...Thelma Ritter in Pickup on South Street (1953)
approximately 15 minutes and 43 seconds
roughly 20% of film's total running time
Although she makes her living "selling secrets" in Cold War America, Ritter's Moe balks when called a "stool pigeon," emphasizing her status an enterprising entrepreneur, finding her own way toward success within American capitalism.
The symbol of Moe's success is her "kitty" -- a wad of bills she's saving toward the purchase of a legitimate funeral plot, a proud gesture in defense of the feared ignominy of her anonymous burial as a pauper in New York City's "Potter's Field."
Ritter's Moe is pivotal to Samuel Fuller's elegantly efficient noir narrative - when Skip (the charismatically opaque Richard Widmark) picks a particular pocket and lands in the sights of both the cops and the communists, Ritter's Moe is the one to whom they turn for the "information" she peddles, and so becomes essential to both the narrative and emotional architecture of this enthralling film.
Ritter begins her characterization as the narrative does, with a glib simplicity: Moe's a hustler and she's looking to get on. As the narrative complicates, so does Ritter's work as Moe. When the "muffin" Candy (an appropriately delicious Jean Peters) begins to demonstrate more than a simply mercenary interest in Skip, Ritter's Moe too begins to doubt the economics of her own self-interest. Perhaps the information on Skip's whereabouts is more valuable than she might have originally assessed?
Yet, as Moe privately determines that Skips means more to her than money, Ritter allows Moe's zesty bravado deflate just a little. It's as though, absent the thrill of the dollar chase, Moe's not certain what she's living for...
These first two beats -- Moe's (1) the happy hustler who (2) encounters something of an identity crisis -- sets the stage for a final death scene that might just be Thelma Ritter's most glorious five minutes of the actress's deservedly esteemed career.
When Ritter's Moe finds herself not at the shadowy invisible edges of New York's underworld but instead within its glaring spotlight, Thelma Ritter delivers on of the greater death arias I can think of in American cinema. Captured with adoring reverence by director Fuller, Ritter uses a simple monologue to the depth of Moe's sacrifice as she chooses to surrender to death rather than peddle the data of Skip's whereabouts. In this scene, Ritter shows us both "Moe the human calculator" (ever tallying the relative value of the commodities she has to peddle) as well as "Moe the human being" (who operates according to a different, less precise arithmetic). It's a beautiful scene -- warm and moving and memorable -- conveying an unforeseen depth to both the character and the actress.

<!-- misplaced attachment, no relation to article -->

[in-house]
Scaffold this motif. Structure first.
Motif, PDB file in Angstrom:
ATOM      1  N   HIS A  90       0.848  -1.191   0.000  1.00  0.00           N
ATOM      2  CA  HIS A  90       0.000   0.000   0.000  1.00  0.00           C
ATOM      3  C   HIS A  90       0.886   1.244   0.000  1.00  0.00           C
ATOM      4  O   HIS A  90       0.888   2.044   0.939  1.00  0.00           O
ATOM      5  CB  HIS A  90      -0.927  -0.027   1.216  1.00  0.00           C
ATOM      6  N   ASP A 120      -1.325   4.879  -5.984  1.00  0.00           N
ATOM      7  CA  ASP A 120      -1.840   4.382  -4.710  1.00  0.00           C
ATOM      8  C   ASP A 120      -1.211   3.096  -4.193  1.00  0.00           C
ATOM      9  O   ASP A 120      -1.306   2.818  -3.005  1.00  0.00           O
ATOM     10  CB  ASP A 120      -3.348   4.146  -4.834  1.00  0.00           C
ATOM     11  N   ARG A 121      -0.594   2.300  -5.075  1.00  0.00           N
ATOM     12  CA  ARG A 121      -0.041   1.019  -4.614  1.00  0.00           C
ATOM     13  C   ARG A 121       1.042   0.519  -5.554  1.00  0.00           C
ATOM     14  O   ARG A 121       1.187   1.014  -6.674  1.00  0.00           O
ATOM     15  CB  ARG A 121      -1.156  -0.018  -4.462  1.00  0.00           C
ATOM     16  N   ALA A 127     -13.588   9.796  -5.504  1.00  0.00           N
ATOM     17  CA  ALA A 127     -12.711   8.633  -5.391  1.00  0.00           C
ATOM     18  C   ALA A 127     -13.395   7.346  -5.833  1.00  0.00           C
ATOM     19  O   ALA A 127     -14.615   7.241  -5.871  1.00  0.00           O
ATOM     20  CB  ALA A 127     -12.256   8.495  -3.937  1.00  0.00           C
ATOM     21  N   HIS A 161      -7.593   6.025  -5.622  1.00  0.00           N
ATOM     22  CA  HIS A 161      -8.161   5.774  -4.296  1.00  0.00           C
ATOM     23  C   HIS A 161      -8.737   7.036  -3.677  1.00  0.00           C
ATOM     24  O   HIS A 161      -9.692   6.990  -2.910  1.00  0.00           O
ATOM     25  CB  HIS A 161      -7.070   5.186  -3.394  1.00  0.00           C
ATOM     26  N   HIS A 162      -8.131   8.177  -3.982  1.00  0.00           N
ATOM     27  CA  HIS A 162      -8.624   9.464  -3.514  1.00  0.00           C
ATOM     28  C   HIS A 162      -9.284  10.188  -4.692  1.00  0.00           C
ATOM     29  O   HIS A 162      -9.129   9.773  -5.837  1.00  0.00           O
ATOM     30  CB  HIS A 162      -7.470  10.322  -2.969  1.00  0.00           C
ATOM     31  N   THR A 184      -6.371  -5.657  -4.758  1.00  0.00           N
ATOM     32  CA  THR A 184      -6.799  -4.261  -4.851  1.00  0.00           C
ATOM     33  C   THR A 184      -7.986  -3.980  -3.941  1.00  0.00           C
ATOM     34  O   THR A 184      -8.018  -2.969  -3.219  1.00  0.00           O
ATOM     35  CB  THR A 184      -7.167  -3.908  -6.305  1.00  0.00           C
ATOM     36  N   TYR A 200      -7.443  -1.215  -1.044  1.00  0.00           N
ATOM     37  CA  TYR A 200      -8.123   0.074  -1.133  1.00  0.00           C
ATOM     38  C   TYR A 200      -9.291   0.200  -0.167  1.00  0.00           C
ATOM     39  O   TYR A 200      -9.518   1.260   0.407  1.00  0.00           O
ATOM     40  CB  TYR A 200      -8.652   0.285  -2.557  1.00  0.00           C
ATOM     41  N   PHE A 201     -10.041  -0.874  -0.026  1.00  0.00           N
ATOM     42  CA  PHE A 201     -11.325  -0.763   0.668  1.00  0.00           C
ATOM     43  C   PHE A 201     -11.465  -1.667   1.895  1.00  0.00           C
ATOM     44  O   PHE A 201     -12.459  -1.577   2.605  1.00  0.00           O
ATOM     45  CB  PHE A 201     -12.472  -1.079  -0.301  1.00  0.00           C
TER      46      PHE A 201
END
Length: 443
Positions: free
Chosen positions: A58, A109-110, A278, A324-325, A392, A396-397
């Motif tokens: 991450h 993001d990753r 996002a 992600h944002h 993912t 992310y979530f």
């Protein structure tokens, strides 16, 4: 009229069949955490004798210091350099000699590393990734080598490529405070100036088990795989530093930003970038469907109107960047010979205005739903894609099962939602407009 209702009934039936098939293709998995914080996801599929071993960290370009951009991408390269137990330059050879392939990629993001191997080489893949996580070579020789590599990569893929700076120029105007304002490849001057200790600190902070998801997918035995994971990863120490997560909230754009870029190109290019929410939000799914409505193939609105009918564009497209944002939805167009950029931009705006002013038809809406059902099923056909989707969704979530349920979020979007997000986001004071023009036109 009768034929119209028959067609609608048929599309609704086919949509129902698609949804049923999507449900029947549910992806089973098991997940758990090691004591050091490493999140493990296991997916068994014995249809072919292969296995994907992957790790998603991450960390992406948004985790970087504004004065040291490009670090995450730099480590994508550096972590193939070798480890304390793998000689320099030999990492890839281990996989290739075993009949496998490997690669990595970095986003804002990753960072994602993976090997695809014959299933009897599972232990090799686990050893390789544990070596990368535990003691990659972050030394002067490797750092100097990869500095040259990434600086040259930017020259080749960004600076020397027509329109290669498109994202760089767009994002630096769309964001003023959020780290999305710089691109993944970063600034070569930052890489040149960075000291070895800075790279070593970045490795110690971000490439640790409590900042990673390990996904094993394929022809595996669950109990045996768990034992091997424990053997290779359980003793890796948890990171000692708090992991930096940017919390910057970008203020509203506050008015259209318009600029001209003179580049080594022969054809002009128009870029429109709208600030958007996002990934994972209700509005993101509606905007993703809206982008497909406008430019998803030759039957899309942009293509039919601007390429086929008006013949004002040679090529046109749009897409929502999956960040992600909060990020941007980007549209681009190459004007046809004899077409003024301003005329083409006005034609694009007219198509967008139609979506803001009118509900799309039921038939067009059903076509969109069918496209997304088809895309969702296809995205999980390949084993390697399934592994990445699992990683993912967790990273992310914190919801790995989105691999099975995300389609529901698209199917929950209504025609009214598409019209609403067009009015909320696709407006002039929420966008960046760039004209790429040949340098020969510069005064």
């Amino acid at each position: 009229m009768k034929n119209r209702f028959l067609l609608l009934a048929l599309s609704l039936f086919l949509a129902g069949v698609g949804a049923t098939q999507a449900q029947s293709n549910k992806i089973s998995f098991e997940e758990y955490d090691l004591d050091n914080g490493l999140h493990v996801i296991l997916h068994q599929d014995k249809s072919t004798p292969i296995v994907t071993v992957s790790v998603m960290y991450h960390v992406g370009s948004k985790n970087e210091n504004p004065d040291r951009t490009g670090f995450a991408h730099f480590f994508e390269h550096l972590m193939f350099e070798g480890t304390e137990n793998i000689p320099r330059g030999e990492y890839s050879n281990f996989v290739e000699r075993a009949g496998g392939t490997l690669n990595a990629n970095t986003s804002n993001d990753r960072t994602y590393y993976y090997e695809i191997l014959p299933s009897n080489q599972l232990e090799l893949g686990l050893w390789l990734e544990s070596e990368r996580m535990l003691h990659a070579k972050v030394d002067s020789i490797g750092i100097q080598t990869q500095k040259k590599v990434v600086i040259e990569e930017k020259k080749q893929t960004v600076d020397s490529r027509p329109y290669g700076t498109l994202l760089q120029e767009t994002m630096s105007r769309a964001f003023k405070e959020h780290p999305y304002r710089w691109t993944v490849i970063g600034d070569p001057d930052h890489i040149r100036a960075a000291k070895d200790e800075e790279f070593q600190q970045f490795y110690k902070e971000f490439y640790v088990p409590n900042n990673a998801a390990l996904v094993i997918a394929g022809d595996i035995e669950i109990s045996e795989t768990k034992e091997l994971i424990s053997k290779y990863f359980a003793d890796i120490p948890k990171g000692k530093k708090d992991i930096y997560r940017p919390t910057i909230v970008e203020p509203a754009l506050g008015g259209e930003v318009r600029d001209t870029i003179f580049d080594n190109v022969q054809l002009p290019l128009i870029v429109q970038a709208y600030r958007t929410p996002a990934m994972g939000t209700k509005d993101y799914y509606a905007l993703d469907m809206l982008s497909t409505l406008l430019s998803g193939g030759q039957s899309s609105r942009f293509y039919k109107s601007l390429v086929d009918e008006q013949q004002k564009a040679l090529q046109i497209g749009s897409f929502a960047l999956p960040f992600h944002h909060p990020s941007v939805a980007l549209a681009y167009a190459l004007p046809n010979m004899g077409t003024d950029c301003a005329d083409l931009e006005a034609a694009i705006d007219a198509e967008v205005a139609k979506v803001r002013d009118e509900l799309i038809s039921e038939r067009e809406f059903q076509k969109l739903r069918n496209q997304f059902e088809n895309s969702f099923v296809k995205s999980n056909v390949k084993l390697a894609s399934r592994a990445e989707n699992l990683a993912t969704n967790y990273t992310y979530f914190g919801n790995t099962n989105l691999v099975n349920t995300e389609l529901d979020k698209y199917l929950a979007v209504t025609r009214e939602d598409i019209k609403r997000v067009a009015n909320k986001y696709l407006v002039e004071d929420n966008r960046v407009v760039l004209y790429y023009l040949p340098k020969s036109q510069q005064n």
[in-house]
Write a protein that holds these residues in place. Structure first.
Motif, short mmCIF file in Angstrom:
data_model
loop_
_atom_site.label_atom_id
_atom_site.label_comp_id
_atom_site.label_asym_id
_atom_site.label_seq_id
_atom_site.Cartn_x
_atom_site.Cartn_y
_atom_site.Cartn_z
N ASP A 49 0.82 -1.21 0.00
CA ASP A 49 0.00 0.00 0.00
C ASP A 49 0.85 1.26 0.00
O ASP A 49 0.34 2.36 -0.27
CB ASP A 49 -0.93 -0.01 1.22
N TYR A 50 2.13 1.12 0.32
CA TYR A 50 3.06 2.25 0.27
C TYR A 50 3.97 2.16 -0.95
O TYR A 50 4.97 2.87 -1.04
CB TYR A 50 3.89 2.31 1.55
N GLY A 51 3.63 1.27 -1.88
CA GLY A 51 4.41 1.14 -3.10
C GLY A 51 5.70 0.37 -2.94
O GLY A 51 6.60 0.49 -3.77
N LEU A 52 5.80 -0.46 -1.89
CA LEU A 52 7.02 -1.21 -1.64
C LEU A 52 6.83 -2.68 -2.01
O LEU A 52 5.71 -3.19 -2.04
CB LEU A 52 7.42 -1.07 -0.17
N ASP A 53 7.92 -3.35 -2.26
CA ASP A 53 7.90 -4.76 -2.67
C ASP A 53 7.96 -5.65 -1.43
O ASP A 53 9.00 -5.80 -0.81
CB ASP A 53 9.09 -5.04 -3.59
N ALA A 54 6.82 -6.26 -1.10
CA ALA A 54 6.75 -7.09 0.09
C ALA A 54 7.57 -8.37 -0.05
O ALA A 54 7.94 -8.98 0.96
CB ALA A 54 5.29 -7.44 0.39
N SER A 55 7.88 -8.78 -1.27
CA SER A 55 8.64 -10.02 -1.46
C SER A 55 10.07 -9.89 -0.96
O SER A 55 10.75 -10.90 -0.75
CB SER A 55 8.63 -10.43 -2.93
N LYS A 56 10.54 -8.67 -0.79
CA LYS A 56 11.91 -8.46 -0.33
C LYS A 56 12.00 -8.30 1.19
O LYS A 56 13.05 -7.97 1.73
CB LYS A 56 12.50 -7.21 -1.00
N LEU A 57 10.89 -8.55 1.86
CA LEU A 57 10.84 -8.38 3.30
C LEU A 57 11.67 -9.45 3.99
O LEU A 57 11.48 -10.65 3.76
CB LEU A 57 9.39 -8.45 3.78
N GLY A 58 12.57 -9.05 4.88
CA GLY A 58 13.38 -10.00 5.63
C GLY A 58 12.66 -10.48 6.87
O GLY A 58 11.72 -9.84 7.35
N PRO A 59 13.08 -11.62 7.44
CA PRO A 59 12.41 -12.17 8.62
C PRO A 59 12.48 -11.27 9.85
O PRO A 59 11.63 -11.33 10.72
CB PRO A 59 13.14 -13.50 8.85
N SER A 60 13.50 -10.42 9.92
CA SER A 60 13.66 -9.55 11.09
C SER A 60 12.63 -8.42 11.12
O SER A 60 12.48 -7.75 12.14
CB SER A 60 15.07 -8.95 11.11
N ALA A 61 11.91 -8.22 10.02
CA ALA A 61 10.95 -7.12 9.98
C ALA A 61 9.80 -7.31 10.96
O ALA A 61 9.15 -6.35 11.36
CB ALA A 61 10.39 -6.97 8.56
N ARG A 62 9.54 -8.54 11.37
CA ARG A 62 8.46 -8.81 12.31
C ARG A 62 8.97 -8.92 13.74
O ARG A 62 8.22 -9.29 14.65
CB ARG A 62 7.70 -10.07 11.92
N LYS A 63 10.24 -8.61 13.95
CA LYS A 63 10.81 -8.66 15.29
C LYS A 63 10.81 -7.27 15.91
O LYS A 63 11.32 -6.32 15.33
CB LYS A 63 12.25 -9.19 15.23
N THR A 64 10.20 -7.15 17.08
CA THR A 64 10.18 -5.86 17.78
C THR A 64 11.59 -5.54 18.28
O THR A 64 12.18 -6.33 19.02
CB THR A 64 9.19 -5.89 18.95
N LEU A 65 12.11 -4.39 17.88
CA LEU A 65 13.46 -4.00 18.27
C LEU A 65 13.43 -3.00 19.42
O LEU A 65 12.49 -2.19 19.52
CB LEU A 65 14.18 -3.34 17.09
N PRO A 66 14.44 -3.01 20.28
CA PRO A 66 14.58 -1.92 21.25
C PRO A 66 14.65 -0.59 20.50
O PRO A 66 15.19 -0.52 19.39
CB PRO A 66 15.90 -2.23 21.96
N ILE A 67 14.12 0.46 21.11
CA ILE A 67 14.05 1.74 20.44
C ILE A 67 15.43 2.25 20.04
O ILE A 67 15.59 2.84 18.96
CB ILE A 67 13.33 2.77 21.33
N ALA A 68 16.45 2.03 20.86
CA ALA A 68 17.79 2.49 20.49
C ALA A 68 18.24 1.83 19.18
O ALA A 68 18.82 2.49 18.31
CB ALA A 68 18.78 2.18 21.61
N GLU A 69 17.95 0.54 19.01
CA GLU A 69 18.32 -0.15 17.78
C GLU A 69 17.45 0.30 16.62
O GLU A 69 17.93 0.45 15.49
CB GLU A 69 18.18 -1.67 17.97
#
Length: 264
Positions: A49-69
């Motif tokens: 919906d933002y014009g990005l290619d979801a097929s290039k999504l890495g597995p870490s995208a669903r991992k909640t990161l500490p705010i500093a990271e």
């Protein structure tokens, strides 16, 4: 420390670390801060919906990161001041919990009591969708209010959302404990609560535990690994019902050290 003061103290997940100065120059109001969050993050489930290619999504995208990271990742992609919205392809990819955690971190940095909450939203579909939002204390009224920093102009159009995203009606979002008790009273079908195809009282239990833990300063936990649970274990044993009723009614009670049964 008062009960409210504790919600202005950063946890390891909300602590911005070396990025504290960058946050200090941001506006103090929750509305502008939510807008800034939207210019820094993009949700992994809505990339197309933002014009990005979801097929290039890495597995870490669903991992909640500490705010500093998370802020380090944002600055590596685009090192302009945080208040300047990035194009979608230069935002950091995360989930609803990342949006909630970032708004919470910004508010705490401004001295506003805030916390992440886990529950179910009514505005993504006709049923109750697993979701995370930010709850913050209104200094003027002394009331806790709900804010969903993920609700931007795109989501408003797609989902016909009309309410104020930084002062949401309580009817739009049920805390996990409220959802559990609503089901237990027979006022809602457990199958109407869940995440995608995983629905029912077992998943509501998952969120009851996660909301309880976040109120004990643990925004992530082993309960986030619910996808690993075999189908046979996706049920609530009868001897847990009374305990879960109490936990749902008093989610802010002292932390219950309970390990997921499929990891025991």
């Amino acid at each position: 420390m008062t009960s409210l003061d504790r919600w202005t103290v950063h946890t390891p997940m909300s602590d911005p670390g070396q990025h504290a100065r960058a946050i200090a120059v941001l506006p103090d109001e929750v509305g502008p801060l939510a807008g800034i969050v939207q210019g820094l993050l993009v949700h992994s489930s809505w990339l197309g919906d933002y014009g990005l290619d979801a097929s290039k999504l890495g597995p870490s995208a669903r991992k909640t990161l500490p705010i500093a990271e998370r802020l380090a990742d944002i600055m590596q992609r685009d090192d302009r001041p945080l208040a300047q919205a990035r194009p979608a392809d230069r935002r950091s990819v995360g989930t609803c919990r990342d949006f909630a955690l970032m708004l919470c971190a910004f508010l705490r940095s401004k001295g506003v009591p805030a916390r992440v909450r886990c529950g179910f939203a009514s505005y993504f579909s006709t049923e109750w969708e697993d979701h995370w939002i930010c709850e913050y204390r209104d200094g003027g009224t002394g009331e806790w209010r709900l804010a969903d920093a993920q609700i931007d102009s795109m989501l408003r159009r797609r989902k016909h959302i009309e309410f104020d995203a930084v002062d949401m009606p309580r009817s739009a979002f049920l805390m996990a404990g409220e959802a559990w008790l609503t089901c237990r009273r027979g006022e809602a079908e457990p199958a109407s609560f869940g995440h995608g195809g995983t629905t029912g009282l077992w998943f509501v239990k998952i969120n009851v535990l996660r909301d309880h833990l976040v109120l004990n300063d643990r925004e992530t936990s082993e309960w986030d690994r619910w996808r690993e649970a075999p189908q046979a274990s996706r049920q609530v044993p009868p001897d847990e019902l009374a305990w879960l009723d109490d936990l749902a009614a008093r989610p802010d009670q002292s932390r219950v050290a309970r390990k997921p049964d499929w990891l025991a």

And right there is the rub. For the first 2/3 of her performance, Ritter only shows us the mercenary Moe, with only a glimmer (in the coffee shop scene) of the human soul beneath the hustler's patter. Then, in the last 1/3 of the performance, Ritter reveals a whole 'nother Moe -- the patter suddenly textured and nuanced with revelatory depth. And, normally, I love watching the surface peel back to reveal the unanticipated depth. So believe me when I say I was surprised to discover, after re-viewing the performance for timing and screencapping, what I felt to be a disconnected break between the first 2/3 of Ritter's performance and the last scene. It's as though Ritter trouped through the first few scenes drawing from her standard bag of character actor tricks only to discover, much later, that Moe was not merely a type but a richly reasoned characterization. The problem? This is what the audience should see, but the actor might be expected to see more, to lay the foundation for the culminating reveal with a little more sophistication. Indeed, Moe's first scene in the station provides nearly the entire subtextual foundation for the final scene, yet Ritter opts for a superficial patter and banter that emphasizes the Moe's short term motives at the expense of the character's actual motivations. Put another way, it's as though Ritter skimped on the house and then, at the last minute, splurged on the furniture. Admittedly, this is a fine line I'm parsing here, and one that I acknowledge will get me in trouble with impassioned fans of this performance. But, as I mentioned just recently, one must remain true to one's self, especially in matters of faith, politics and actressexuality. So, in sum: love Ritter, love that death scene, but remain ambivalent about the performance.